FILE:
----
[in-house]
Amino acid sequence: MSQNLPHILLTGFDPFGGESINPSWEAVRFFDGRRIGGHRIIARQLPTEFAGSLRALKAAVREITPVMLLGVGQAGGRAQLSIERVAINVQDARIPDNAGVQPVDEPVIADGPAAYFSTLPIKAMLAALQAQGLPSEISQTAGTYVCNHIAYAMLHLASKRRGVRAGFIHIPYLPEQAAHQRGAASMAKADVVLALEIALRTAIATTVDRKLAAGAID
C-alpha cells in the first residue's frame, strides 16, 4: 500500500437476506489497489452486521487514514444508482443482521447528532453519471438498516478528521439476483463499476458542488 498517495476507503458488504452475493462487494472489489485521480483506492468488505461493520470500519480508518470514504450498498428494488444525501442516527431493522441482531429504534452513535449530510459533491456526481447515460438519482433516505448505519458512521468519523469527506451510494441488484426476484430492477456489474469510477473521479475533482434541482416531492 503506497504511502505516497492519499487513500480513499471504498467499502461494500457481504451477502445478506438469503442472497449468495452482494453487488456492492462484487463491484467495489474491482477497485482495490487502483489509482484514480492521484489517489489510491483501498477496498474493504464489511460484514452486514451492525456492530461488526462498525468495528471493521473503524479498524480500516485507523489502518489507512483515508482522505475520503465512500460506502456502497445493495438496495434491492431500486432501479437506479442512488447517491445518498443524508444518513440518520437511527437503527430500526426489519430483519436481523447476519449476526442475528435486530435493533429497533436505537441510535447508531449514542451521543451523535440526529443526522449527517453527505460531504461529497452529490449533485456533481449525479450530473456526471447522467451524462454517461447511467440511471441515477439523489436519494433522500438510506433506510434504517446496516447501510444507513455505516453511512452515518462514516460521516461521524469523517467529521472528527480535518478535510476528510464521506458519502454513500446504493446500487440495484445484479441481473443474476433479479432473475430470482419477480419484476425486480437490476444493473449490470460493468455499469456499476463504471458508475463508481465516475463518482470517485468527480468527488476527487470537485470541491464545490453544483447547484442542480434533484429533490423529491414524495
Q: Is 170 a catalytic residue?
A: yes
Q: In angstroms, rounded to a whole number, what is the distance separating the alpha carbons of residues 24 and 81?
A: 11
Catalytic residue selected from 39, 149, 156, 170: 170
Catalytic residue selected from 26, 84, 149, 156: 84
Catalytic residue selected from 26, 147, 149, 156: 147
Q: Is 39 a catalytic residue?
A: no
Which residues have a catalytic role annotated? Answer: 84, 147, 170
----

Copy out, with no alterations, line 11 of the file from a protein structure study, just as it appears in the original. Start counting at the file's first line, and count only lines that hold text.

Q: Is 39 a catalytic residue?